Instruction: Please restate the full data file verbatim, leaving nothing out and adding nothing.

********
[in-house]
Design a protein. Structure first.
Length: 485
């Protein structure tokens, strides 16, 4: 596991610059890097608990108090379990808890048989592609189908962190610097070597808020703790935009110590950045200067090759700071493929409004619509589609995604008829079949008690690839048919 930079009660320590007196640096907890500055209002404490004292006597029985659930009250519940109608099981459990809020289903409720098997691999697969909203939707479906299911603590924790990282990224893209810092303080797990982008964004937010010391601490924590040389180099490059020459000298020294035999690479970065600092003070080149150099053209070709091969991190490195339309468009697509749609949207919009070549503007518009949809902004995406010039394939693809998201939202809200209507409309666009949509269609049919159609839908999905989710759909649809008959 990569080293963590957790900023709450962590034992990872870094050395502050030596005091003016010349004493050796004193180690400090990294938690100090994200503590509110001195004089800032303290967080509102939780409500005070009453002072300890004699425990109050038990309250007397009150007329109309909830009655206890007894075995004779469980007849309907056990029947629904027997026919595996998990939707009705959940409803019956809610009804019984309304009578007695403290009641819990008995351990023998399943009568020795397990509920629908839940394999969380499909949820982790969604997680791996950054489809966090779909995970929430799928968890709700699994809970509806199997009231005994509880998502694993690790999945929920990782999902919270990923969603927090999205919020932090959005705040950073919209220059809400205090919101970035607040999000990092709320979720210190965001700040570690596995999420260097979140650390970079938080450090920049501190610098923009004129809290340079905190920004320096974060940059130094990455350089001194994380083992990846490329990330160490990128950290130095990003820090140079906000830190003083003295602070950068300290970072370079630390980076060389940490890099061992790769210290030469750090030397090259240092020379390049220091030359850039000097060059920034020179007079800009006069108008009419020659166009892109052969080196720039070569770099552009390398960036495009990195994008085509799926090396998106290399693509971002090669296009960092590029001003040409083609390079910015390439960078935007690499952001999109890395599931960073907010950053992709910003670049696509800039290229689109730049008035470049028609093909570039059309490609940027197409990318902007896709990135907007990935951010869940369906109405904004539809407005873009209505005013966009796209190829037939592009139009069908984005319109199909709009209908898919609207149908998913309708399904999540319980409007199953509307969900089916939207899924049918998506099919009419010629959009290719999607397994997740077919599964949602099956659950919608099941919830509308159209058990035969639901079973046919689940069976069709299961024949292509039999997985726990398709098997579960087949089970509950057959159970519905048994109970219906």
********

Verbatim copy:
[in-house]
Design a protein. Structure first.
Length: 485
């Protein structure tokens, strides 16, 4: 596991610059890097608990108090379990808890048989592609189908962190610097070597808020703790935009110590950045200067090759700071493929409004619509589609995604008829079949008690690839048919 930079009660320590007196640096907890500055209002404490004292006597029985659930009250519940109608099981459990809020289903409720098997691999697969909203939707479906299911603590924790990282990224893209810092303080797990982008964004937010010391601490924590040389180099490059020459000298020294035999690479970065600092003070080149150099053209070709091969991190490195339309468009697509749609949207919009070549503007518009949809902004995406010039394939693809998201939202809200209507409309666009949509269609049919159609839908999905989710759909649809008959 990569080293963590957790900023709450962590034992990872870094050395502050030596005091003016010349004493050796004193180690400090990294938690100090994200503590509110001195004089800032303290967080509102939780409500005070009453002072300890004699425990109050038990309250007397009150007329109309909830009655206890007894075995004779469980007849309907056990029947629904027997026919595996998990939707009705959940409803019956809610009804019984309304009578007695403290009641819990008995351990023998399943009568020795397990509920629908839940394999969380499909949820982790969604997680791996950054489809966090779909995970929430799928968890709700699994809970509806199997009231005994509880998502694993690790999945929920990782999902919270990923969603927090999205919020932090959005705040950073919209220059809400205090919101970035607040999000990092709320979720210190965001700040570690596995999420260097979140650390970079938080450090920049501190610098923009004129809290340079905190920004320096974060940059130094990455350089001194994380083992990846490329990330160490990128950290130095990003820090140079906000830190003083003295602070950068300290970072370079630390980076060389940490890099061992790769210290030469750090030397090259240092020379390049220091030359850039000097060059920034020179007079800009006069108008009419020659166009892109052969080196720039070569770099552009390398960036495009990195994008085509799926090396998106290399693509971002090669296009960092590029001003040409083609390079910015390439960078935007690499952001999109890395599931960073907010950053992709910003670049696509800039290229689109730049008035470049028609093909570039059309490609940027197409990318902007896709990135907007990935951010869940369906109405904004539809407005873009209505005013966009796209190829037939592009139009069908984005319109199909709009209908898919609207149908998913309708399904999540319980409007199953509307969900089916939207899924049918998506099919009419010629959009290719999607397994997740077919599964949602099956659950919608099941919830509308159209058990035969639901079973046919689940069976069709299961024949292509039999997985726990398709098997579960087949089970509950057959159970519905048994109970219906």